should you not drink ice cold water after exercise? - absorption of water
Health experts agree that it is important to drink a lot of water before, during and after exercise to keep yourself fully hydrated.
However, people have different views on the temperature of water, especially in relation to some long-term theories about icecold water.
One theory is that drinking ice water after exercise helps to lose weight, while another theory is that ice water should not be drunk immediately after exercise, because cold can cause an impact on your internal organs.
The importance of keeping moisture in exercise cannot be underestimated.
Research published in the 2007 edition of The Journal of the American College of Nutrition shows that dehydration can have a negative impact on physical and mental tasks.
Dehydration will not only lead to decreased performance and increased sense of effort, but also damage the integrity of the blood
Brain barrier, a diffusion barrier that prevents most compounds in the blood from entering the brain.
When the body strives to raise the temperature of the liquid intake to the same temperature as the body, burning calories drinking water can burn calories.
According to Roger Clements of the University of Southern California School of Pharmacy, the actual number of calories burned is almost negligible.
As quoted on the Chow website, Clements points out that to consume enough calories to lose a pound, you have to drink 435 8-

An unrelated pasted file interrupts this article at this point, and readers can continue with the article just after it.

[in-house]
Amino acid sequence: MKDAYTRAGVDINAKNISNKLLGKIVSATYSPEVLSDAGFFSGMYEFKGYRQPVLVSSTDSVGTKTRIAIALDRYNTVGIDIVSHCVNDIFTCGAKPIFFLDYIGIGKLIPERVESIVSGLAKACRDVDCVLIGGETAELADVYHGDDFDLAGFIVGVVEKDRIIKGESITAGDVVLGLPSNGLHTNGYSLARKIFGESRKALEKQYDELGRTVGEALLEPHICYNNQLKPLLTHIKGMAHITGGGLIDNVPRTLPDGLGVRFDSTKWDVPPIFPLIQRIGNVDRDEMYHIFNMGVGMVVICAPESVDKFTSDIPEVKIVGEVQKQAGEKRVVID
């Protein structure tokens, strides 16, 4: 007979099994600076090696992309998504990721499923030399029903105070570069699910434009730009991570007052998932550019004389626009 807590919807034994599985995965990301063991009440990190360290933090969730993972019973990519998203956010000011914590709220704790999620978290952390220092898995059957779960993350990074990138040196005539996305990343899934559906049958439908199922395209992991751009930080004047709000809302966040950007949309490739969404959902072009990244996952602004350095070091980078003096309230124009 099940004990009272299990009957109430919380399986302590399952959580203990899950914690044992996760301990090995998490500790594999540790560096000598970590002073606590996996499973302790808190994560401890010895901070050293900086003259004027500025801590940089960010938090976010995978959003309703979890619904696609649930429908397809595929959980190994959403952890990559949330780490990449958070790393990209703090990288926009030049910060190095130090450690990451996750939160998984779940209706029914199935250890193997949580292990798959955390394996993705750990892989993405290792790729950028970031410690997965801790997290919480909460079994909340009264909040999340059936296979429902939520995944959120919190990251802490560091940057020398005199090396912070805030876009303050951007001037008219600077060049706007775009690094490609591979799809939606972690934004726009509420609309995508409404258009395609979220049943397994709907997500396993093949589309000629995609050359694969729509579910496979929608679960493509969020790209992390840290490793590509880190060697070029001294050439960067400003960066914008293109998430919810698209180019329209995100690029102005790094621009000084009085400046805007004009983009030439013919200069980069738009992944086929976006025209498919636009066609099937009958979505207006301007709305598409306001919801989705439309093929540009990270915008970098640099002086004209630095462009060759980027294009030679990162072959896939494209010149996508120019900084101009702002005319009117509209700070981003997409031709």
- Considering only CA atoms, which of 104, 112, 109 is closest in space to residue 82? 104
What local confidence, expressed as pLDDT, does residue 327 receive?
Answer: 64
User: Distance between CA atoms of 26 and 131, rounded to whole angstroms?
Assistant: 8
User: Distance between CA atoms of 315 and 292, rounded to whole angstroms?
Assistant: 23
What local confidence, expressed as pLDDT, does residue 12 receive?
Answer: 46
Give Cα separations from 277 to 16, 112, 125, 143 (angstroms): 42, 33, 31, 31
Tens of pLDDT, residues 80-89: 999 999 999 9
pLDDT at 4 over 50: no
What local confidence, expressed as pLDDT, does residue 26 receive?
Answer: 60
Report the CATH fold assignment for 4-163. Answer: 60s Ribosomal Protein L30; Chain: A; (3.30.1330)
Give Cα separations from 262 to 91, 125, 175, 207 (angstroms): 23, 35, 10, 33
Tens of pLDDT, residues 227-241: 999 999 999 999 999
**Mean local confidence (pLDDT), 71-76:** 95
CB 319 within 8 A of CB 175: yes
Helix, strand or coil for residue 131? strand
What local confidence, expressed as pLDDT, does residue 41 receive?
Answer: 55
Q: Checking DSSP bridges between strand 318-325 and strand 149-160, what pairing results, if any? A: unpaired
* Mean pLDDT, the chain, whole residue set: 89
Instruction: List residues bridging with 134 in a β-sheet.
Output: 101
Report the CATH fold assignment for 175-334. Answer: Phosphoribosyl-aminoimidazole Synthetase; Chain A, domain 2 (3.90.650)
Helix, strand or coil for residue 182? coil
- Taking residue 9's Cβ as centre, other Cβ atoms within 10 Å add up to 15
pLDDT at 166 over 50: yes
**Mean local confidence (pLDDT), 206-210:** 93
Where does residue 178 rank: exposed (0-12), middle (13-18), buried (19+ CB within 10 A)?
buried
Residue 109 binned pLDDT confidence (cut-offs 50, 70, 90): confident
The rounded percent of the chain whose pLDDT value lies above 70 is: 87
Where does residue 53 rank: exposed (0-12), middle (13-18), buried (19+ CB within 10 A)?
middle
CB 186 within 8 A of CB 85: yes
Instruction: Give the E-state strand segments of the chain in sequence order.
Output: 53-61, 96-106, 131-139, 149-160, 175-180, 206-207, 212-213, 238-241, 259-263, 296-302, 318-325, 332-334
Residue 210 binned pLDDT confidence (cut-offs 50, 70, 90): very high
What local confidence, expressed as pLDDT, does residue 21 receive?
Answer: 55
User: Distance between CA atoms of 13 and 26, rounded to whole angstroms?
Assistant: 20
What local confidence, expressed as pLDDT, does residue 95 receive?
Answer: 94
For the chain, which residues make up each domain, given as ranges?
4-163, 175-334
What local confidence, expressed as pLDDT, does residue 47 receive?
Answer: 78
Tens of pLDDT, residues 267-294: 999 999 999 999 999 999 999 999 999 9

A glass of ice water.
According to the Texas Heart Institute, drinking a cold glass of ice water seems appealing, but it's not necessarily the best thing for your body during or after exercise.
This is not because cold water can "shock" the body.
This has to do with the optimal temperature your body absorbs water.
The institute recommends that since your body absorbs cold water faster than it does, you can drink cold water instead of ice water.
This makes your body replenish water faster.
Faster hydration is particularly important during exercise, which can cause you to quickly drain liquids, especially when moving in hot environments.
Evans, director of the University of Arkansas's Laboratory for Nutrition, Metabolism and exercise in medical science, did not make a difference.
According to Evans, there is no bad effect on drinking ice.
Cold water after exercise.
He pointed out that the cold liquid flowing out of the stomach is faster than the warm liquid, which means that the cold liquid can replace the liquid lost due to sweating more quickly.
Drinking ice water after exercise can immediately cool the body's core, Evans said.